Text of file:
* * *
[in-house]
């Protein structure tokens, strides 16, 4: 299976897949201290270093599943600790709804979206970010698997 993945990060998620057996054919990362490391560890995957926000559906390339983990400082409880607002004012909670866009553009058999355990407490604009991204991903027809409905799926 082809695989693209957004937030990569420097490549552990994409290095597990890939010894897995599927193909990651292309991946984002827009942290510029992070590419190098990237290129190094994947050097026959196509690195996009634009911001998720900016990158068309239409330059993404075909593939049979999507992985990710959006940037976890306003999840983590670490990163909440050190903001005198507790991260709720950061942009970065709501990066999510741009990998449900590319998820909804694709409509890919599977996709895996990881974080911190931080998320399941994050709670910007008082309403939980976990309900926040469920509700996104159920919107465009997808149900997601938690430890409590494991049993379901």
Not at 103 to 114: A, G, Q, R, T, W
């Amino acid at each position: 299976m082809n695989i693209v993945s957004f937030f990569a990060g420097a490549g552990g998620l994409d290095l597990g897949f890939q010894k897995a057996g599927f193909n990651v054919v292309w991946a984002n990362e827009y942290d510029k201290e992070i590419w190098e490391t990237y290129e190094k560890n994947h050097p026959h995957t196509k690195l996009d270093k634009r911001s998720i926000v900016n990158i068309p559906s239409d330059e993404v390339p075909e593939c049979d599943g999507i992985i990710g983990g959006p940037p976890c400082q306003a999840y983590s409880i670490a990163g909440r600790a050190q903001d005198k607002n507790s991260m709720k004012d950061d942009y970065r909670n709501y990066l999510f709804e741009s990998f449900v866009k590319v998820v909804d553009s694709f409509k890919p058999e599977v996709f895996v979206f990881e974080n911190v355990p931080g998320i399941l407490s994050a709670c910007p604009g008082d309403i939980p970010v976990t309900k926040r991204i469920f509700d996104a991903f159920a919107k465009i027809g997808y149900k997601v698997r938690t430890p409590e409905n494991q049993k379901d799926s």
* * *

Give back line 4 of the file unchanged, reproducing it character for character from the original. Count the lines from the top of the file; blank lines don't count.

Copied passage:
């Amino acid at each position: 299976m082809n695989i693209v993945s957004f937030f990569a990060g420097a490549g552990g998620l994409d290095l597990g897949f890939q010894k897995a057996g599927f193909n990651v054919v292309w991946a984002n990362e827009y942290d510029k201290e992070i590419w190098e490391t990237y290129e190094k560890n994947h050097p026959h995957t196509k690195l996009d270093k634009r911001s998720i926000v900016n990158i068309p559906s239409d330059e993404v390339p075909e593939c049979d599943g999507i992985i990710g983990g959006p940037p976890c400082q306003a999840y983590s409880i670490a990163g909440r600790a050190q903001d005198k607002n507790s991260m709720k004012d950061d942009y970065r909670n709501y990066l999510f709804e741009s990998f449900v866009k590319v998820v909804d553009s694709f409509k890919p058999e599977v996709f895996v979206f990881e974080n911190v355990p931080g998320i399941l407490s994050a709670c910007p604009g008082d309403i939980p970010v976990t309900k926040r991204i469920f509700d996104a991903f159920a919107k465009i027809g997808y149900k997601v698997r938690t430890p409590e409905n494991q049993k379901d799926s």